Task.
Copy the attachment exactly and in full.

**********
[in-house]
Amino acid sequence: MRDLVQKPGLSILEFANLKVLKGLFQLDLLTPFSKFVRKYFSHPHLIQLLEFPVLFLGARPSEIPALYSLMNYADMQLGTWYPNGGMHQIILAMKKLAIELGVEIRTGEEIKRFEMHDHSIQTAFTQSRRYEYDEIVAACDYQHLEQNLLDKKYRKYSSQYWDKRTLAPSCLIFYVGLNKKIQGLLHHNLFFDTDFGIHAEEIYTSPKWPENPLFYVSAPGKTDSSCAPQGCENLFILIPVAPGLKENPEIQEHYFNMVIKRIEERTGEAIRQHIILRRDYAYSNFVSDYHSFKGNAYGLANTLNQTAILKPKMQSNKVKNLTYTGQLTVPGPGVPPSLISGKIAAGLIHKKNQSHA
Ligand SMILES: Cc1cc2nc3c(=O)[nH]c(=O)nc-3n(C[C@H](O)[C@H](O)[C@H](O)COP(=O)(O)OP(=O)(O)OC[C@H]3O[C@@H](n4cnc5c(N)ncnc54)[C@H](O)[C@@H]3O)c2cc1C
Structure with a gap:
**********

[in-house]
Amino acid sequence: MRDLVQKPGLSILEFANLKVLKGLFQLDLLTPFSKFVRKYFSHPHLIQLLEFPVLFLGARPSEIPALYSLMNYADMQLGTWYPNGGMHQIILAMKKLAIELGVEIRTGEEIKRFEMHDHSIQTAFTQSRRYEYDEIVAACDYQHLEQNLLDKKYRKYSSQYWDKRTLAPSCLIFYVGLNKKIQGLLHHNLFFDTDFGIHAEEIYTSPKWPENPLFYVSAPGKTDSSCAPQGCENLFILIPVAPGLKENPEIQEHYFNMVIKRIEERTGEAIRQHIILRRDYAYSNFVSDYHSFKGNAYGLANTLNQTAILKPKMQSNKVKNLTYTGQLTVPGPGVPPSLISGKIAAGLIHKKNQSHA
Ligand SMILES: Cc1cc2nc3c(=O)[nH]c(=O)nc-3n(C[C@H](O)[C@H](O)[C@H](O)COP(=O)(O)OP(=O)(O)OC[C@H]3O[C@@H](n4cnc5c(N)ncnc54)[C@H](O)[C@@H]3O)c2cc1C
Structure with a gap: